Having run this system for a few years, I’m now pondering either abandoning or reworking it. First of all, the number of bowls has exploded, and many of the conferences have consolidated. This has reduced my biggest complaint about the Bowl Cup: it is now unheard of for a conference to make only three bowl games. Even the weakest will get into five or six of them. This has reduced the effect of small number statistics and sent the Championship Cup to major conferences four of the last five times (this year’s cup will go to Conference USA regardless of how the Championship Game goes).
The playoff system has also changed the calculus. There are now seven CFP games instead of four BCS games and two teams will play twice. In addition, the G5 teams have been effectively locked out of the playoffs (not without reason). This may be tipping the balance too much to the P5 teams.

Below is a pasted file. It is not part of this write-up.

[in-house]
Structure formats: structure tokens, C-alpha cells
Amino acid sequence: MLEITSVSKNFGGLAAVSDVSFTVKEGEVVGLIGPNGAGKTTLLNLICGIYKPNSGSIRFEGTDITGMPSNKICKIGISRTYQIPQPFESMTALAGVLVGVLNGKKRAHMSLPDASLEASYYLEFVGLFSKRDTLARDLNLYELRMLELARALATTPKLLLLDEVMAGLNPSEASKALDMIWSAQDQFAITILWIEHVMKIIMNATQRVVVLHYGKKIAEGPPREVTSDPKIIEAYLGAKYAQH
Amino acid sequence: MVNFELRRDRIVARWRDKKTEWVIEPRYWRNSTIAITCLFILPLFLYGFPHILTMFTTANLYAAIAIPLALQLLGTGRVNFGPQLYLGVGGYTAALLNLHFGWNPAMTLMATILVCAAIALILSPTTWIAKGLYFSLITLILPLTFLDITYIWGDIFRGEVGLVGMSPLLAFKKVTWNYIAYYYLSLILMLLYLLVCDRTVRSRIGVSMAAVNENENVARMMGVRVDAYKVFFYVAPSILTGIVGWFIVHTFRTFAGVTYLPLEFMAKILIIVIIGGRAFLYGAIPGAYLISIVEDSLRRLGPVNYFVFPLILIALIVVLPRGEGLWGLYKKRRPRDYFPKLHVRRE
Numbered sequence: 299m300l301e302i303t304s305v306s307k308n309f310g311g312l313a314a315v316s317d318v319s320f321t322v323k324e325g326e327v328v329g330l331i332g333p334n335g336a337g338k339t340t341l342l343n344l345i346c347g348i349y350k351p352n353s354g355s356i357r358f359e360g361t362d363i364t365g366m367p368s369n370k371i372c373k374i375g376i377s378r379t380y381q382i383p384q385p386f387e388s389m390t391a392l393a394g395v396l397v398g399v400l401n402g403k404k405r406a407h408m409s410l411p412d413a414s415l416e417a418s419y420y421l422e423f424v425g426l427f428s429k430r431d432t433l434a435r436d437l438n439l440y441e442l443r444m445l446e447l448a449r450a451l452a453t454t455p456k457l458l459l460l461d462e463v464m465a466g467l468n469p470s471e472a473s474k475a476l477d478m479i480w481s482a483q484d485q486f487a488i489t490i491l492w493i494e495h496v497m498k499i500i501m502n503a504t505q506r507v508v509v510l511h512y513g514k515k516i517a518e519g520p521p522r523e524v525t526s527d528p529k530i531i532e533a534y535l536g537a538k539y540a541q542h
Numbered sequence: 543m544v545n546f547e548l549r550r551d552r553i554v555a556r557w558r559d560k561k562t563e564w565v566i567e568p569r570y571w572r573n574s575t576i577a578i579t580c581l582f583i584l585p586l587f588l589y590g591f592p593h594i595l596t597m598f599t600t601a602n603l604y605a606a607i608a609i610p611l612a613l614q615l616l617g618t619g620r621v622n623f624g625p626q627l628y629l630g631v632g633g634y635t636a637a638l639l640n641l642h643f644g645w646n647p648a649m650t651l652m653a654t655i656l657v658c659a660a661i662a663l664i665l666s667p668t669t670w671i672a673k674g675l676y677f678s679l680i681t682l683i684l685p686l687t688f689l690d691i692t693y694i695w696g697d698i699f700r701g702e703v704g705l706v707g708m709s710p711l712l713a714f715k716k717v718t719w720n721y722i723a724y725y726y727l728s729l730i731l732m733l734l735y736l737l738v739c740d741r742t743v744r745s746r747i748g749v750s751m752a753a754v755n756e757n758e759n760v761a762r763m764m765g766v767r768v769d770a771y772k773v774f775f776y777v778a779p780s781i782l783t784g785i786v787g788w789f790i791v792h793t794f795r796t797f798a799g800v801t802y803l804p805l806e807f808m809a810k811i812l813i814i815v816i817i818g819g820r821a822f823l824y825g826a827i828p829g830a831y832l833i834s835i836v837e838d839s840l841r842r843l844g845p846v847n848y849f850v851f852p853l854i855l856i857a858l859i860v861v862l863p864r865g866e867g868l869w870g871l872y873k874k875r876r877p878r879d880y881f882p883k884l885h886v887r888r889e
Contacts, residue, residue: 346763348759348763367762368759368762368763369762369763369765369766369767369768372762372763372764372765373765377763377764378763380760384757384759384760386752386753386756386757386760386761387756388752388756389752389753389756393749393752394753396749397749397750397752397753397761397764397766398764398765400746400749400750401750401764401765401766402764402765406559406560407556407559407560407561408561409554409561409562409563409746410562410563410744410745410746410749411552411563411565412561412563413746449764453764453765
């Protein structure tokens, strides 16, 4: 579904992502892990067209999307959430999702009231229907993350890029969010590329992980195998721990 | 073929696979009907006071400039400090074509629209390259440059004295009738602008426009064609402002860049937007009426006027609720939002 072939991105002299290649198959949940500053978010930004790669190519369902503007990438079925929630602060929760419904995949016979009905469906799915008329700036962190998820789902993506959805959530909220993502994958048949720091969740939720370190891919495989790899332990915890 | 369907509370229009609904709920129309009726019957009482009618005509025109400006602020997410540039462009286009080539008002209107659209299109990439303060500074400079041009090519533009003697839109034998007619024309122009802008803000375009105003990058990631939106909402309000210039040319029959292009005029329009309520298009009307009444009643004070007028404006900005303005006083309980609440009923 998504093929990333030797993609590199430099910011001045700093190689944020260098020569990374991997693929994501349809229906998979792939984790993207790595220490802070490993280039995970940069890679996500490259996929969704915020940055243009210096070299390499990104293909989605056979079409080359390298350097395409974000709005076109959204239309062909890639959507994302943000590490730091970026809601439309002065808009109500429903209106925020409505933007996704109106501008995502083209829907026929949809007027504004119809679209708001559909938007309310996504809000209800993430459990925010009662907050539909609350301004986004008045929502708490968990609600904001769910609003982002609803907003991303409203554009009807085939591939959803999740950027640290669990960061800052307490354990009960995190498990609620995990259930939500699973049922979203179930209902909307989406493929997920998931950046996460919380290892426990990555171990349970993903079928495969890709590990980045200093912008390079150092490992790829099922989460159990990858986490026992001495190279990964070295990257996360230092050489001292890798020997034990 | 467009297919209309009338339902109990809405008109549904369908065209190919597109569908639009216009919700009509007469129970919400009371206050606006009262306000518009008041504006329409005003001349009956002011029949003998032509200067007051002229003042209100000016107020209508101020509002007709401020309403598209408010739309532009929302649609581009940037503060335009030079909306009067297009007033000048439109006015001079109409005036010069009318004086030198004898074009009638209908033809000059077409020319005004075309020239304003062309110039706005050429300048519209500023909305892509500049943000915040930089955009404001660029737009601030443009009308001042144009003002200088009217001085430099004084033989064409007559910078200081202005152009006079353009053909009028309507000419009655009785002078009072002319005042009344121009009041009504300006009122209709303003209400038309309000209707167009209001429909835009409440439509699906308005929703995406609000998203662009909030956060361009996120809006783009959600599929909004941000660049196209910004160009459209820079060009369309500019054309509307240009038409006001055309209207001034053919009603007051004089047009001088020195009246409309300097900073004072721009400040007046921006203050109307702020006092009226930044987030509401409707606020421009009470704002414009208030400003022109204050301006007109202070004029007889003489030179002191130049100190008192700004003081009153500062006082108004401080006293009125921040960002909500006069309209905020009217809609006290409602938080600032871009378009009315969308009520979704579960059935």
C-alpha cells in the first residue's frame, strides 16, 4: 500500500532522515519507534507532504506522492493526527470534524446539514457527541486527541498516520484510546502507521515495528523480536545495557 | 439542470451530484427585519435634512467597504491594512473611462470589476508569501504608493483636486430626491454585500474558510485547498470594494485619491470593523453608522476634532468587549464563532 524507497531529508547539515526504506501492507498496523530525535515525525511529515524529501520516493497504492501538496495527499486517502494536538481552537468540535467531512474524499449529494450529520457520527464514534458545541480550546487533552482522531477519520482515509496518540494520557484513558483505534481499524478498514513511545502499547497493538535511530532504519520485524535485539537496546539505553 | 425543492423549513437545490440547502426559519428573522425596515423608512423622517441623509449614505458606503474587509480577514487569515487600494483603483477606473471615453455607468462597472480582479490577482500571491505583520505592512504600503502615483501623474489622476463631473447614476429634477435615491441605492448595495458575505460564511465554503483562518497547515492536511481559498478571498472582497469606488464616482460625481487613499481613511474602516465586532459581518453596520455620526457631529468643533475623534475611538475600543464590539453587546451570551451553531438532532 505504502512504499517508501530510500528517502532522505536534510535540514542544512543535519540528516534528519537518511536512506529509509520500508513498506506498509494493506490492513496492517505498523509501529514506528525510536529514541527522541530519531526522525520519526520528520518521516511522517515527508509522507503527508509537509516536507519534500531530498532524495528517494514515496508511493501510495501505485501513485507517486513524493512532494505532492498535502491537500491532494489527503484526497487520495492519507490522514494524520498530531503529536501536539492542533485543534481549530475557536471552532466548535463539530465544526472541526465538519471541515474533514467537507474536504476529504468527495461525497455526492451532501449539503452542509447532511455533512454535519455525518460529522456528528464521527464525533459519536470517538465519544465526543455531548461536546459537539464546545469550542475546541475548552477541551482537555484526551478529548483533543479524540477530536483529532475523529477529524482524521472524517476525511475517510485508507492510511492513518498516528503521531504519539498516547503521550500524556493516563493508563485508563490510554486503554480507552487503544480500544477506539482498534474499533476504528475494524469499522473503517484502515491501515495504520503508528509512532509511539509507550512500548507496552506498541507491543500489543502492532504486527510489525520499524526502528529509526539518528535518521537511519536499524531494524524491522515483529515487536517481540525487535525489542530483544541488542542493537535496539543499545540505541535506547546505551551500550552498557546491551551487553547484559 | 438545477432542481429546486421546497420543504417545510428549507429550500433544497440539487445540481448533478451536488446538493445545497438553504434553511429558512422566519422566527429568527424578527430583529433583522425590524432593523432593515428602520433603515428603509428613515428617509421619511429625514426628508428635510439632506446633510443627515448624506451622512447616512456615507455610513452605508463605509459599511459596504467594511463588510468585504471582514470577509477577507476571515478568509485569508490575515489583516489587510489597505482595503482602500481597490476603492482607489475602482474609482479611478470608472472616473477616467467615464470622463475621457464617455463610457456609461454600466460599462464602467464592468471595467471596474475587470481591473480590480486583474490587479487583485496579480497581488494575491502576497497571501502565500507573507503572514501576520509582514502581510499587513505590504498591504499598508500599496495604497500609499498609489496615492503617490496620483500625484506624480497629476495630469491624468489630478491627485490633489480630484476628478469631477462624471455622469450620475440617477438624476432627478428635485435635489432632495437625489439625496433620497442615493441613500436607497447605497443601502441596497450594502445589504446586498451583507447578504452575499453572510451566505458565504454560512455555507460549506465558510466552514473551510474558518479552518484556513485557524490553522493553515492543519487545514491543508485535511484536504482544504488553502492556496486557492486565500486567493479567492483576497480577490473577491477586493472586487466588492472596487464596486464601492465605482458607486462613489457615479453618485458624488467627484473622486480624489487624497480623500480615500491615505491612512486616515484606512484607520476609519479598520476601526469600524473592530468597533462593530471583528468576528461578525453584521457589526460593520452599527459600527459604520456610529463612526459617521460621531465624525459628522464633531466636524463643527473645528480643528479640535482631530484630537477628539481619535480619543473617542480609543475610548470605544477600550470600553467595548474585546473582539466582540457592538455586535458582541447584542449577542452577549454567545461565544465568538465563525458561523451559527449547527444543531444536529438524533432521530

Anyway, here are the all-time rankings. The SEC is still the best conference over the long haul, always placing among the best while other conferences wax and wane. The last few years have seen a bit more parity, bringing the ACC and Big 10 back to the crowd of the other major conferences, pending next week’s game.
SEC: 113-78, 27 BCS/CFP wins, 175 points, 10.5 titles
Big 12: 79-78, 13 BCS/CFP wins, 93 points, 2 titles
Big 10: 75-86, 22 BCS/CFP wins, 86 points, 2 titles
Pac 12: 66-69, 16 BCS/CFP wins, 79 points, 1.5 titles*
American: 60-54, 11 BCS/CFP wins, 77 points, 1 title**